Excited About the Road Ahead: Q&A With Mercy Health CFO Patrick Kowalski

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Patrick Kowalski has spent the past decade working to help Cincinnati-based Mercy Health operate more efficiently and deliver better outcomes.

Mr. Kowalski joined Mercy Health as COO of Western Hills Hospital and later became president and CEO of Western Hills, which is based in Cincinnati. Before becoming CFO, he was COO for Mercy Health — West Hospitals. In that role, he oversaw the planning, strategy and execution of opening Mercy Health's West Hospital in Cincinnati.

Pat KowalskiHere, he discusses his stance on healthcare price transparency and why hospitals and health systems should maintain a positive outlook.

Question: What's your take on the increasing call for healthcare pricing transparency? Mercy's website says the system is committed to giving patients information on hospital charges, so it seems like you guys are already on top of that.

Patrick Kowalski: As part of Catholic Health Partners, we're going about this so we answer that question as a system and not just as Mercy Health. Globally, we're still in the early stages and don't have that work complete, but we are working through what that will look like.

I'm very big on transparency. Whether it's what the cost of that care is or what our pricing is, it's good to know. Our consumers are getting more and more educated, and there's much more focus on out-of-pocket costs with different health plans. I think it's very important for us to be upfront with our patients. Our financial advisors work with patients to provide them cost estimates before procedures, etc.

Q: What are the biggest financial challenges Mercy is facing right now?

PK: There are many, but I like to focus on three. Number one is managing the current and future states of healthcare in a per-click environment today versus population health in the future. Planning for population health requires a lot of investment in that new model.

Number two is coming up with the right care delivery model. I'm a big advocate of the statement, "We don't deliver care to make money, but we need to continue to make money to deliver care."

A third one is really engaging and partnering with our patients to improve their health and wellness. I don't think, concurrently and long-term, we'll truly be successful unless we engage our patients. I'm saying that as a healthcare executive, but I'm saying it as a patient as well. I've gone through some things with my own life where I realize I didn't take ownership of my own healthcare. I think that's a big challenge as we go down this road over the next three, four or five years.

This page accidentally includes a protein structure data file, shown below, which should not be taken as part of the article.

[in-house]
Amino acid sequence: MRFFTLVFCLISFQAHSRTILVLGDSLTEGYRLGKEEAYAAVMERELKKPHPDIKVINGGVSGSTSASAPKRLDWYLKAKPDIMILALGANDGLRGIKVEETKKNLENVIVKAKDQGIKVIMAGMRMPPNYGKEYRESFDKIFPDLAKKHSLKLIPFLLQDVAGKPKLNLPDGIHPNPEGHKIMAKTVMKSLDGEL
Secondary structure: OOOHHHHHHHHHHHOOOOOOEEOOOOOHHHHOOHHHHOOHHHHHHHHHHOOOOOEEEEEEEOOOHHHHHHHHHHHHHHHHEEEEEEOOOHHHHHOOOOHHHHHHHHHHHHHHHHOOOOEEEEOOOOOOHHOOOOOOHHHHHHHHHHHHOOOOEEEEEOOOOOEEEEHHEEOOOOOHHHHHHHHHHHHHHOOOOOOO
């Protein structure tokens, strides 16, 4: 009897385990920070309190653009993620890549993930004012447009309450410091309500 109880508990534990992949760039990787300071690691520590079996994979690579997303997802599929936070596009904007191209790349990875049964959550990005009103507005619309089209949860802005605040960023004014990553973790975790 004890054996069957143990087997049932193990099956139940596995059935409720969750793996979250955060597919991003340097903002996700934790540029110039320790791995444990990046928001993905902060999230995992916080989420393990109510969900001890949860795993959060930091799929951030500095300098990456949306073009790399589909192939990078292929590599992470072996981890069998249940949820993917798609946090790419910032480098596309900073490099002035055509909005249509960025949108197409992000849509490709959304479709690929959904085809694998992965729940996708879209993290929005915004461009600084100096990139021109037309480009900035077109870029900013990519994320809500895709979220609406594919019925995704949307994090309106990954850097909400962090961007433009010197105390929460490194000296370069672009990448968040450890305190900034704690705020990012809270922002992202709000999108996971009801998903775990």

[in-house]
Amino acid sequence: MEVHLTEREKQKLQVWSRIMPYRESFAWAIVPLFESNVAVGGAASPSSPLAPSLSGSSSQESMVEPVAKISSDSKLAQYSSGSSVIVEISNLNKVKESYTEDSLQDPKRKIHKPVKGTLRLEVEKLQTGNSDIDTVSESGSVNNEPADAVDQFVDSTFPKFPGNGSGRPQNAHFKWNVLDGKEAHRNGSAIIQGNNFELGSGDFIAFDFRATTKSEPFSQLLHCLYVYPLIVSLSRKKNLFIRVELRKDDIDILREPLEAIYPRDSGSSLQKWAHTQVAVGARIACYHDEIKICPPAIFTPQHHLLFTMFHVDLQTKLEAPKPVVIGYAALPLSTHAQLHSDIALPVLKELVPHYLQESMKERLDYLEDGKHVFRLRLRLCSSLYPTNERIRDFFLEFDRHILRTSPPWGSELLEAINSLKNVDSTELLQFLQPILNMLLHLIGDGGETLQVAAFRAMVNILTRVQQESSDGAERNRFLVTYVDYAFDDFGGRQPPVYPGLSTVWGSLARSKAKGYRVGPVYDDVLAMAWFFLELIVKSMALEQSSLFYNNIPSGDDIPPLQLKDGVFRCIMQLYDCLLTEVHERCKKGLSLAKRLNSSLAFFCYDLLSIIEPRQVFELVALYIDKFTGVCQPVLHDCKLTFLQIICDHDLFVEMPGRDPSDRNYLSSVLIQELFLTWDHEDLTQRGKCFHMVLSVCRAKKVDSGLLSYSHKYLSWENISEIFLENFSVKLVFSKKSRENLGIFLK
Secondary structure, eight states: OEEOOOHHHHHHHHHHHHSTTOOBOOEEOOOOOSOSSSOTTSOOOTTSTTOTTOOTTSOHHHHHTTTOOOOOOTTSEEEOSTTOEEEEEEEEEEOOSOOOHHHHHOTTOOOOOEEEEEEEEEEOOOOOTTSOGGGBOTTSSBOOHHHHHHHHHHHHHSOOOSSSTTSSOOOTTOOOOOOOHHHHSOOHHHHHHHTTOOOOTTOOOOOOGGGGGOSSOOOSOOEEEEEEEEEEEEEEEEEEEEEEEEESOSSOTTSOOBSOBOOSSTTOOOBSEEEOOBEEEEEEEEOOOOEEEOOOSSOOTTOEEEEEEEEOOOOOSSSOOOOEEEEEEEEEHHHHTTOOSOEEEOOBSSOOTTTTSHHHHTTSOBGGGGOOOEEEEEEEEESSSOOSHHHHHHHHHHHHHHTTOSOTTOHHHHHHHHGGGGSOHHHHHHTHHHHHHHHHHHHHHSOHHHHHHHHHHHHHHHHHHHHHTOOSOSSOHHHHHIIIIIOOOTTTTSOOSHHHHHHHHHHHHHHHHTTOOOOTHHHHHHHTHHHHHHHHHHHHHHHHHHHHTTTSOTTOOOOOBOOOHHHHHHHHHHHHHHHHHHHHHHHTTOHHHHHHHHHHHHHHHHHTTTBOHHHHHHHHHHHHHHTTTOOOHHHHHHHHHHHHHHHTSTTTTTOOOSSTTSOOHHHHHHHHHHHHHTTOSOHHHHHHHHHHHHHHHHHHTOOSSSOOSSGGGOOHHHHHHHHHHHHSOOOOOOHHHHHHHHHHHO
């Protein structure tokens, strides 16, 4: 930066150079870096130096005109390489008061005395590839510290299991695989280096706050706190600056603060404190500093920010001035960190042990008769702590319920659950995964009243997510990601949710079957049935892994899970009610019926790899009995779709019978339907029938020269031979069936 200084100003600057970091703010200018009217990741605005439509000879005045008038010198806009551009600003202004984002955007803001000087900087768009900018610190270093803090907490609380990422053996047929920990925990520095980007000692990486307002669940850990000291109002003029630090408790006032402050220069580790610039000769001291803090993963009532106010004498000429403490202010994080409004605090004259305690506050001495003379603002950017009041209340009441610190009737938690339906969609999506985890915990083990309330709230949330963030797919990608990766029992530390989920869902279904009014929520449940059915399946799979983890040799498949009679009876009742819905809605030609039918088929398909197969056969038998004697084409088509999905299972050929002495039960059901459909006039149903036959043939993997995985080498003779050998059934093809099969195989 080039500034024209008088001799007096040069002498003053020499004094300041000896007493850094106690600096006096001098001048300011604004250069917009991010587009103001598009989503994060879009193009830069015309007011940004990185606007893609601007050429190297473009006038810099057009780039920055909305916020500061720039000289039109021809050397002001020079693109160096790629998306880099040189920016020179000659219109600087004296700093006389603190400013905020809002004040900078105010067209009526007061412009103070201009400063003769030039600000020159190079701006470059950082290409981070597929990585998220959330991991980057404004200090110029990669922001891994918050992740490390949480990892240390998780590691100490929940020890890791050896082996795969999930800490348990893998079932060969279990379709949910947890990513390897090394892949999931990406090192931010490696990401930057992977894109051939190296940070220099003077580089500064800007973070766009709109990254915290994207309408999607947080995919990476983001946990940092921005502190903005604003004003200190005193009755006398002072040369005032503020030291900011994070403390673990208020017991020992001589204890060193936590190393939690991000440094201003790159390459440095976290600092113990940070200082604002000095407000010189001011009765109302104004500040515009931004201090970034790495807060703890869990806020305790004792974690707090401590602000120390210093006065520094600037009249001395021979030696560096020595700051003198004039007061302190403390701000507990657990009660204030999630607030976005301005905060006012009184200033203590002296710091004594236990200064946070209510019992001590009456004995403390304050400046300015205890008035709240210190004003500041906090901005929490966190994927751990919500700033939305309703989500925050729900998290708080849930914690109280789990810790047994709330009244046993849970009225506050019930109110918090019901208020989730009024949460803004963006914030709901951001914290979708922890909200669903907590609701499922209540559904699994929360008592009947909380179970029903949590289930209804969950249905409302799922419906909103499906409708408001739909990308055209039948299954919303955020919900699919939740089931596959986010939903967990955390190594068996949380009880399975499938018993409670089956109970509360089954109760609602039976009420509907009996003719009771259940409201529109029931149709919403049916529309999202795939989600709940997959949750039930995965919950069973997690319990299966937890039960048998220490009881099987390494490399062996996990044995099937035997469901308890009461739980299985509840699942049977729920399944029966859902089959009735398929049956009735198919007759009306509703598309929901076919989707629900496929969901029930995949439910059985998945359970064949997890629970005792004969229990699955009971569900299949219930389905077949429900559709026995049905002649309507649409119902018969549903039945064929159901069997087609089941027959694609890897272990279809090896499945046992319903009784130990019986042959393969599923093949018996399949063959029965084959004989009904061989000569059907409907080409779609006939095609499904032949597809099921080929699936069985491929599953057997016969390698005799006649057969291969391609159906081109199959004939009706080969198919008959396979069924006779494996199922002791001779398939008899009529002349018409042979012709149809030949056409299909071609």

Q: During your time as COO for Mercy Health — West Hospitals, what would you say you learned from spearheading the opening of Mercy Health's West Hospital in Cincinnati?

PK: I think it really helped solidify something I already knew, which is how great a team we have here. It was the execution of a vision of building a network of care for the west side of town. The physicians and caregivers were so instrumental in the design of that facility. It was neat to see them in a different way, thinking about how we were designing healthcare not just for the short-term but the long-term.

And, as a resident of that side of town, to see what was coming up in the community where I live was just very rewarding.

Q: What initiatives does Mercy Health have underway that you're excited about?

PK: We're always looking at things, but the one that stands out to me is the work we've started to do around the accountable care organization. We were one of the first to do that work a year or two ago and remain the only ACO in Cincinnati. Now, as part of the Catholic Health Partners system, we're taking the Mercy Health model from Cincinnati, and we're expanding that model throughout the state of Ohio. That's pretty exciting and innovative work.

Q: Healthcare providers are facing a lot of uncertainty now, since it's unclear how the Patient Protection and Affordable Care Act marketplaces will play out. What do you think CFOs and other hospital executives should be focusing on in the midst of the fog surrounding healthcare reform?

PK: It comes back to the statement that we don't do this work to make money, but we need to make money to do this work. Talking to your teams, using information and analytical reports and really sitting down together to make the best use of resources is something we should all be focusing on.

Whether we use those numbers to affect quality, experience or cost, we're in a great position to help our teams achieve goals in any of those arenas. We are here for the patients. We want to give them high-quality, great service at a decent cost. I think the finance strategy role is really in a position to help the people within their organizations to do that.

You can't pick up a publication these days without seeing some kind of negative outlook. It's easy to be negative, but we also need to be cheerleaders and positive about what we can do. I'm excited about the road ahead. Is it scary? A little bit, sure. But when you think about your team and you put your heads together, you can accomplish more than you can apart.

More Articles on Hospital and Health System CFOs:
Transforming to Achieve the Triple Aim: Q&A With Jill Batty, CFO of Cambridge Health Alliance  
The 3 CFOs Behind HFMA's Financial Communication Best Practices  
Getting Involved at Every Level: Q&A With Bayhealth CFO Mike Tretina 

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